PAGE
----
Juno Beach

Caen
Normandy
Attractions and places of interest
Landmarks and Historic Buildings

Around halfway between Gold Beach to the east and Sword Beach, which formed the left-hand flank of the D-Day Landing beaches, is Juno Beach. Here, the Canadian 3rd Division came ashore, later than the other landings due to natural off-shore shoals and reefs. When the first assault landed at 07:55 the tide was rising and the beach obstacles were partially submerged, making it difficult for the engineers to clear the way and leading to problems in landing. Around 30% of the landing ships at Juno were destroyed or damaged by mines on the beach and once the troops began moving inland, the German guns took a terrible toll.

However, in spite of facing heavy and fierce opposition at Courselles-sur-Mer, the Canadian forces broke through to take the towns of Bernières-sur-Mer and, later, Saint-Aubin with armoured units making there way towards the Caen-Bayeux road. By evening, Canadian troops had linked up with British troops from Gold Beach to the west, but there was still a gap between the Canadians and the British forces landing on Sword Beach to the east. This allowed the Germans to orchestrate a counterattack by the 21st Panzer Division.

Bunkers can still be found today along Juno's coastline, in particular the bunker outside of the museum, the Juno Beach Centre. Dedicated to showcasing the Canadian involvement in WW2 at Juno Beach, the museum's courtyard features a memorial sculpture entitled Remembrance and Renewal by Canadian sculptor Colin Gibson. The Maison de Queen's Own Rifles, a house on the beach which was possibly the first house on French soil to be liberated by the Allies, is today a memorial to the Canadian Queen's Own Rifles who liberated it in the first wave of attacks on June 6th 1944. The house appeared in many of the official photographs and newsreels of the landings.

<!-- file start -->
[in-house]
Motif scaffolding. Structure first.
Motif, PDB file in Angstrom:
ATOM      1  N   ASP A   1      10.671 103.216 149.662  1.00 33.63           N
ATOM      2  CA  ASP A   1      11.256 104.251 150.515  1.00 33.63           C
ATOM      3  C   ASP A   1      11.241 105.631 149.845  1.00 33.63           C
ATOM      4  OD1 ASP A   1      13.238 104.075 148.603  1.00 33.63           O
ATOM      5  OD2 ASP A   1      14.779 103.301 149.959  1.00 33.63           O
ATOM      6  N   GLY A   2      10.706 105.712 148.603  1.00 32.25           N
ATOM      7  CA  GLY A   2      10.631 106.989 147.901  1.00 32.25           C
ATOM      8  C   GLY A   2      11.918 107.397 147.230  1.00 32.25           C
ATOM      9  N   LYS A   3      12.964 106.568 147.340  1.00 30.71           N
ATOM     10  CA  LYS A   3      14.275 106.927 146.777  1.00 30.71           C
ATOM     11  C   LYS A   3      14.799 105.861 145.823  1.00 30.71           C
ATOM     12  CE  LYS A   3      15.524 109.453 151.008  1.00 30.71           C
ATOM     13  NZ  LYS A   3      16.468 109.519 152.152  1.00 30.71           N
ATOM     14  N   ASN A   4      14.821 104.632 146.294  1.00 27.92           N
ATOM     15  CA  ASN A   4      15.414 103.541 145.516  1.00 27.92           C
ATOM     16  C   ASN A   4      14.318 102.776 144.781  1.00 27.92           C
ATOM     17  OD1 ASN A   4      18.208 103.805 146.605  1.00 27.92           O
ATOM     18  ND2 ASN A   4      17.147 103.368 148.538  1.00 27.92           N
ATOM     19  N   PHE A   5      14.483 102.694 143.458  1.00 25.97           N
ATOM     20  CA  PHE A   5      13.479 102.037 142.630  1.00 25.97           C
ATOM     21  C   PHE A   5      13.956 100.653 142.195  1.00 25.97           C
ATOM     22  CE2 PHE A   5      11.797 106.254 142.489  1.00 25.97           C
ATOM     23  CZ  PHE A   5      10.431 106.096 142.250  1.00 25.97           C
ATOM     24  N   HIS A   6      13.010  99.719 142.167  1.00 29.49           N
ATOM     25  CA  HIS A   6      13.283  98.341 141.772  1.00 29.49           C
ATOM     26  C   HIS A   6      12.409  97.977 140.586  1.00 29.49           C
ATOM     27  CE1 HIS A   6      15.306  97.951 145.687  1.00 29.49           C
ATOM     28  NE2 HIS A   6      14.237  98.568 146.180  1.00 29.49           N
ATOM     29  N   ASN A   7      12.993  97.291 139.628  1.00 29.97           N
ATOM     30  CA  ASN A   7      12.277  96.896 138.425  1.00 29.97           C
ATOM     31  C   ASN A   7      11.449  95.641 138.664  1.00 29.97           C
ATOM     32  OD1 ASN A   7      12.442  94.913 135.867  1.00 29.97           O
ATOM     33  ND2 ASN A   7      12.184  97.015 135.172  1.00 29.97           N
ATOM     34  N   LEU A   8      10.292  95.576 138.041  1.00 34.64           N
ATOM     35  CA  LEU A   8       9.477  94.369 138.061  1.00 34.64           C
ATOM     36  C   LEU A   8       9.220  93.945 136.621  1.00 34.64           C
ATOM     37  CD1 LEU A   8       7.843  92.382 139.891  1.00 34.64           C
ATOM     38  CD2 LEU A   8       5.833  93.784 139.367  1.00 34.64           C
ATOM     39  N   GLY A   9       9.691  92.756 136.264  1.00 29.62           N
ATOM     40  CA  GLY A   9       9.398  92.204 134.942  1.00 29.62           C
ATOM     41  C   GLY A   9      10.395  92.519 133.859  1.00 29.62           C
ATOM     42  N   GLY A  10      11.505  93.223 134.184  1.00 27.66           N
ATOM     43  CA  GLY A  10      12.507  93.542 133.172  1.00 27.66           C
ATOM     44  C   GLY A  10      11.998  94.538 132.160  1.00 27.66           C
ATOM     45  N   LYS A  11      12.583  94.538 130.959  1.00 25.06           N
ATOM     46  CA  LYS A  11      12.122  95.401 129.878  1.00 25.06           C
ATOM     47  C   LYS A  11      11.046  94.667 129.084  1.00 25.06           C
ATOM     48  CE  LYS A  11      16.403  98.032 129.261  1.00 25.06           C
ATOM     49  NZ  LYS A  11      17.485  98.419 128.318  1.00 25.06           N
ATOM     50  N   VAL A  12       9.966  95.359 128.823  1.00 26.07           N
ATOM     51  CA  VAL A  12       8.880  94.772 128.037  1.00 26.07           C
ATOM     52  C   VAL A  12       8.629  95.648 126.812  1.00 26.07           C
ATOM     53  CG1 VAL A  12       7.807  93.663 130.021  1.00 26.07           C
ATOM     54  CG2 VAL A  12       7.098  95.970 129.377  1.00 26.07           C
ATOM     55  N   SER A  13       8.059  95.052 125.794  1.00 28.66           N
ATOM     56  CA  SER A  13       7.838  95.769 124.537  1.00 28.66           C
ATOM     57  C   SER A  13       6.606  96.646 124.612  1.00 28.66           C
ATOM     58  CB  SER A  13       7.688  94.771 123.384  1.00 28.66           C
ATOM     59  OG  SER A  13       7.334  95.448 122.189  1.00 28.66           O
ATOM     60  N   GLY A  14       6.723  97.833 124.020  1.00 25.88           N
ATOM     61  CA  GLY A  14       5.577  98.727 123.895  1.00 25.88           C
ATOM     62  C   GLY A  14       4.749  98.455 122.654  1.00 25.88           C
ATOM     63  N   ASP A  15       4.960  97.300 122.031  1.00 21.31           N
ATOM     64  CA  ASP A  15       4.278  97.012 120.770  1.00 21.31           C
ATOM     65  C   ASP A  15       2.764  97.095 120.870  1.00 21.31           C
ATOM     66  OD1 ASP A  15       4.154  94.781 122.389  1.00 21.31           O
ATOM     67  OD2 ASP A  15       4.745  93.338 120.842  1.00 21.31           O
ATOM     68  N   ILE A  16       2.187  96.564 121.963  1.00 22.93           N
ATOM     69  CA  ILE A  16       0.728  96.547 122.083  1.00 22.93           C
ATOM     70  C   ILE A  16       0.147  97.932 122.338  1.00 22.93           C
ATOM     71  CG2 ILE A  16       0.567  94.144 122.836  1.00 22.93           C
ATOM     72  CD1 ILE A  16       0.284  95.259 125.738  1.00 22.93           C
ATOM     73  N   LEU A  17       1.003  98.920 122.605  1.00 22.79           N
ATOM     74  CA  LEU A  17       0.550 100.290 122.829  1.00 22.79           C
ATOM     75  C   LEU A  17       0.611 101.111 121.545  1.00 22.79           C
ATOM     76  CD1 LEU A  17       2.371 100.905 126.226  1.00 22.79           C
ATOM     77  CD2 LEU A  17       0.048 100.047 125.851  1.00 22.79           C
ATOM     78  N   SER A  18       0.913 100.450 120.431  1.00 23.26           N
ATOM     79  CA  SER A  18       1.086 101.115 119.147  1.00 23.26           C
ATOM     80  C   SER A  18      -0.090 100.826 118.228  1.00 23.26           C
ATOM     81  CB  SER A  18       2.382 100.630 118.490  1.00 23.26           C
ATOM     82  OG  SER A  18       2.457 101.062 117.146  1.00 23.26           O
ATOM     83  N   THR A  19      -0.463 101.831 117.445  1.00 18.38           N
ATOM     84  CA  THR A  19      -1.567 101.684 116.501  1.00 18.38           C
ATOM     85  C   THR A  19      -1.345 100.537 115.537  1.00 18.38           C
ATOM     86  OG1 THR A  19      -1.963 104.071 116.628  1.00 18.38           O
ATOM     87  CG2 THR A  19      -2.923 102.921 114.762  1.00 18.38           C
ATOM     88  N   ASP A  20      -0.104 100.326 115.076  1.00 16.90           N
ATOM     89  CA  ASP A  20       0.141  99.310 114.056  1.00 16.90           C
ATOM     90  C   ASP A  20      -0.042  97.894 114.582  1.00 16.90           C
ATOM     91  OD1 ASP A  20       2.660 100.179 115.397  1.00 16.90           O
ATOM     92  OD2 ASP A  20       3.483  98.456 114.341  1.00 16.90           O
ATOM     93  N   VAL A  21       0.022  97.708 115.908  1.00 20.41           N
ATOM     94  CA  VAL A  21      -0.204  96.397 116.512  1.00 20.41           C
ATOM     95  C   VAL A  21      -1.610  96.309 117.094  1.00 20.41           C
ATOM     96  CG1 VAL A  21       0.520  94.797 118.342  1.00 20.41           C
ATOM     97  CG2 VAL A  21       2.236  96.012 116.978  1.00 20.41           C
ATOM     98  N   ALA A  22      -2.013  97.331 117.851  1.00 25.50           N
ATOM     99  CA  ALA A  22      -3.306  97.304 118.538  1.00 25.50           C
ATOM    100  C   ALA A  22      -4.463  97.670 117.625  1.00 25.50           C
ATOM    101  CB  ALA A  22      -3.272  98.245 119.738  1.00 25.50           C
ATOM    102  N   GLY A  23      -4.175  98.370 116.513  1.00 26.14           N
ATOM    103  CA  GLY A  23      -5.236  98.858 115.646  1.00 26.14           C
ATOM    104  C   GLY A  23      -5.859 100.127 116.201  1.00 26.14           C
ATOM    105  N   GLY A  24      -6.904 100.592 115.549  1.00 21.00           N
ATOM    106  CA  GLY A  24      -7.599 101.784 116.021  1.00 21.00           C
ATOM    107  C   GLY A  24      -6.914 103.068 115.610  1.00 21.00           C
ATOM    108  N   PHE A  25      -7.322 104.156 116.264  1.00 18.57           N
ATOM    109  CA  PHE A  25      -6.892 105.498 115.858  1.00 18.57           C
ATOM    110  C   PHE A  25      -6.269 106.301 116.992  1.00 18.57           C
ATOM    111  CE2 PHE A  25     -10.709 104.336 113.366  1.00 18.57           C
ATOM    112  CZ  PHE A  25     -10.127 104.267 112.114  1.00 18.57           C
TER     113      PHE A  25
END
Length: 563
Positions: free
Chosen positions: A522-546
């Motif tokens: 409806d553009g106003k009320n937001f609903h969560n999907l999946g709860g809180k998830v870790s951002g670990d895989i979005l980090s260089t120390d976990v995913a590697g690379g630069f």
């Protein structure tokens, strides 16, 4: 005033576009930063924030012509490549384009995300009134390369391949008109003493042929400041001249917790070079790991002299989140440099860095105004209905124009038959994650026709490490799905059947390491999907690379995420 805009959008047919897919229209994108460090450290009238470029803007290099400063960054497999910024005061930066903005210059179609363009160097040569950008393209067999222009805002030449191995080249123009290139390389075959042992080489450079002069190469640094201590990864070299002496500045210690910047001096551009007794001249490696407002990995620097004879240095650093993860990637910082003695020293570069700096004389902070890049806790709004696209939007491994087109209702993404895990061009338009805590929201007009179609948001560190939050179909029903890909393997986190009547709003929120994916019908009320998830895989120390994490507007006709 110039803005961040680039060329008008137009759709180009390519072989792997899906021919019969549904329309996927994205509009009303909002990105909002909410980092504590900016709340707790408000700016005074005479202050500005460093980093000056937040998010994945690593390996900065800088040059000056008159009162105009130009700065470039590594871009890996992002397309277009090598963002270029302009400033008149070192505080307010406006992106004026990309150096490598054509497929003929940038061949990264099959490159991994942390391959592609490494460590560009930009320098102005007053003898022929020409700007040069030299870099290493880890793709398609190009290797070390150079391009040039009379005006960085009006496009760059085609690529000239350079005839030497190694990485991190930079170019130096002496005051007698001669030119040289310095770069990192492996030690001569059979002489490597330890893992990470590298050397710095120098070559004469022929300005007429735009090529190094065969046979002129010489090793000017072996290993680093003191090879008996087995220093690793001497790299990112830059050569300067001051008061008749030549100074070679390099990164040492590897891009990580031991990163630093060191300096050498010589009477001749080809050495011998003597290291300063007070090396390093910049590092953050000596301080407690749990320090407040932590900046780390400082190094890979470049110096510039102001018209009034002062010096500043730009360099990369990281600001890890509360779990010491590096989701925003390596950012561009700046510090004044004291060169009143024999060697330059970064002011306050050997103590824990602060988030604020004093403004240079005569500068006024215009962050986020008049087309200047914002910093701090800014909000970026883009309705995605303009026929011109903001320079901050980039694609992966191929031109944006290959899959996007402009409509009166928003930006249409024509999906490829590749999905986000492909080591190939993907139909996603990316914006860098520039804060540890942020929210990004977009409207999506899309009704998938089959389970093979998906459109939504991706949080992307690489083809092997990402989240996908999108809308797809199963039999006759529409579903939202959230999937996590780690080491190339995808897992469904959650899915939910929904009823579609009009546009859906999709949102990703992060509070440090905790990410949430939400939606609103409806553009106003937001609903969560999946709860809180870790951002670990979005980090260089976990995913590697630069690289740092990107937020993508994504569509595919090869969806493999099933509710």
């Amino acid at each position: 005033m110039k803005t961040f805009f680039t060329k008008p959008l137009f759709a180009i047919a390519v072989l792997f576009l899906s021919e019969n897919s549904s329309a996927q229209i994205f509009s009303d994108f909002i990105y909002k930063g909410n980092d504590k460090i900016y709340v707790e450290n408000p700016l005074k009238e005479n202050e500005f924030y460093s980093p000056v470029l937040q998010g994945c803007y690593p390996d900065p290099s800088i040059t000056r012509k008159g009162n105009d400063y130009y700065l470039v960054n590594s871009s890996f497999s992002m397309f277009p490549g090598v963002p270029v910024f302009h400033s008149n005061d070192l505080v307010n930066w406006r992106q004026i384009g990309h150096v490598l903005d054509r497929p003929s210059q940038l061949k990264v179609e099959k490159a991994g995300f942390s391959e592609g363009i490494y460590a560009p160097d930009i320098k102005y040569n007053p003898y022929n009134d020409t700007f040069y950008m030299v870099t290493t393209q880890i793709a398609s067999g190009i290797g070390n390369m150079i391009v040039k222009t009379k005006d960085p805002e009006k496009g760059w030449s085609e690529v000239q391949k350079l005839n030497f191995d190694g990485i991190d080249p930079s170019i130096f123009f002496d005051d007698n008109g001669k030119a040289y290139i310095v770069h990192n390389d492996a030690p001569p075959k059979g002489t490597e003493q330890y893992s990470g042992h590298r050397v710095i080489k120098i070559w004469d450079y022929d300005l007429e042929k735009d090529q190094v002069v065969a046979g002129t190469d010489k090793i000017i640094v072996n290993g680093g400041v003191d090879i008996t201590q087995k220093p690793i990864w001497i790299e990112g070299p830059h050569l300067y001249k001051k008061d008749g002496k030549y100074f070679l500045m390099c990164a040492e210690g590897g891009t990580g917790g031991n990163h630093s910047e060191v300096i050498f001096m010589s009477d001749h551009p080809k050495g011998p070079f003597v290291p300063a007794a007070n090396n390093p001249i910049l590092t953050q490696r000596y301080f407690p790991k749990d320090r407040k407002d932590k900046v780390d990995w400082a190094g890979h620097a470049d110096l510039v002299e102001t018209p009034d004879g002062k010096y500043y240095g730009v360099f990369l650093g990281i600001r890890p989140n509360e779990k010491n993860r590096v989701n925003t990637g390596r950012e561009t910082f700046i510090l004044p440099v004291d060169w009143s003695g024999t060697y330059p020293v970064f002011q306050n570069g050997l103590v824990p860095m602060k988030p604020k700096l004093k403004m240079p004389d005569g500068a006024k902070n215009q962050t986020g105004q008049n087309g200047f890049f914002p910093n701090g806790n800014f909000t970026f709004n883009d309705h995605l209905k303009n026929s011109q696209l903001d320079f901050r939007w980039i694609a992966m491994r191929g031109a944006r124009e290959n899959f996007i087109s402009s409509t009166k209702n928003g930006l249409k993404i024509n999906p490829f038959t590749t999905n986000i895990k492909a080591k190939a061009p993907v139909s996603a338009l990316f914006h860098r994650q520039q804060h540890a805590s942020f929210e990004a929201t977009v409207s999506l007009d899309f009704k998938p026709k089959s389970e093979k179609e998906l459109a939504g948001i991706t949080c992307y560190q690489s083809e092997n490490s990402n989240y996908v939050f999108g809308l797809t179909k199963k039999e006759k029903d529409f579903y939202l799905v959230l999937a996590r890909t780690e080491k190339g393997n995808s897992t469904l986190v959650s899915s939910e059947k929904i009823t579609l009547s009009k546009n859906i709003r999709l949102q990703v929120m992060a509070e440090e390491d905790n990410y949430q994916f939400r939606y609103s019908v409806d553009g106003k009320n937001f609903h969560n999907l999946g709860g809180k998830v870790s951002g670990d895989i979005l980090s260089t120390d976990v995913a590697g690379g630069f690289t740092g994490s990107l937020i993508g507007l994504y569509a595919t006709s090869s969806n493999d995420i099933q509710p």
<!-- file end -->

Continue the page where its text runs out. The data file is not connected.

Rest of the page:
Take a look at our new D-Day guide and infographic to discover more about D-Day and the liberation of Normandy.

 

Nearby attractions

One of the most famous places in the D-Day Landings it is commonly considered to be the first house liberated by the Allies on 6 June 1944.

This museum is the only one on the D-Day Landing Beaches to be dedicated entirely to the role played by Canadian troops in the Second World War.

A moving and peaceful memorial to those Canadian soldiers who lost their lives at Juno Beach and in the days following the D-Day Landings.

This museum is devoted to the history of radar during WW2 and is based at the former Douvres-la-Délivrande observation station.

Places to visit nearby

Caen, in Normandy, is one of the oldest university towns in France. Bustling with activity, it is a vibrant and attractive city on the River Orne.

Bayeux in Normandy is a beautiful medieval city, brimming with history, and is the home of the famous Bayeux Tapestry.

Deauville in Normandy is a glamorous town on the Côte Fleurie ('flowery coast'), famous for horse racing and its international cultural festivals.